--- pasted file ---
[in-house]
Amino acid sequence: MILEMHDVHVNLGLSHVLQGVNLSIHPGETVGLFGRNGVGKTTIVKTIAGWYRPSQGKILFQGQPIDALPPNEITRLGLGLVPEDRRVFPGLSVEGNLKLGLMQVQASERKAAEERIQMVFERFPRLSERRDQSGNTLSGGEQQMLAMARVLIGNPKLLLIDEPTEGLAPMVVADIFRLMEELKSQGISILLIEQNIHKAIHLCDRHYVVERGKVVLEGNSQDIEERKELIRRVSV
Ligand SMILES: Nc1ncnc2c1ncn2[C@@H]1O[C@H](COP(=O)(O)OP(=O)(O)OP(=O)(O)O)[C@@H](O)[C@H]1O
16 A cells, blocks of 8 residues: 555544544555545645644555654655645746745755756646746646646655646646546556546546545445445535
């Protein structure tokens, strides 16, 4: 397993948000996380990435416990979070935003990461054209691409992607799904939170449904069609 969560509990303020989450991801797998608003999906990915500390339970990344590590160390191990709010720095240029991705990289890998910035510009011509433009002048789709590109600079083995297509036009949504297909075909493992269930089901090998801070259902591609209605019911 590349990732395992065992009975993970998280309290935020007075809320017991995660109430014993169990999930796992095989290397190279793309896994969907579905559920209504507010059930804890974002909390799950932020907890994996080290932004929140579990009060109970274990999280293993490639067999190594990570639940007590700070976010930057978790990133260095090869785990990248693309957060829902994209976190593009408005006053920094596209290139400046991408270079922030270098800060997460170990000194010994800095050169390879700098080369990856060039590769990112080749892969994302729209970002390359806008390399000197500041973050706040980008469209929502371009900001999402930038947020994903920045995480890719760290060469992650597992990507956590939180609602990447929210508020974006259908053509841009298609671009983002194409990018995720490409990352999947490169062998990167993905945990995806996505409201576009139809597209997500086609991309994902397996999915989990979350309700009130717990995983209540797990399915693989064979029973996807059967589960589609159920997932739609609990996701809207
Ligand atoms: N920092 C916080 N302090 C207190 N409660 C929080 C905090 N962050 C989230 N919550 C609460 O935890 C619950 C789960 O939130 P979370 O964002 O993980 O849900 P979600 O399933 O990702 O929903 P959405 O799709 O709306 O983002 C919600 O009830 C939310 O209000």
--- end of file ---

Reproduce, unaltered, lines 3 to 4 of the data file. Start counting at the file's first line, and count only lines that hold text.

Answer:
Ligand SMILES: Nc1ncnc2c1ncn2[C@@H]1O[C@H](COP(=O)(O)OP(=O)(O)OP(=O)(O)O)[C@@H](O)[C@H]1O
16 A cells, blocks of 8 residues: 555544544555545645644555654655645746745755756646746646646655646646546556546546545445445535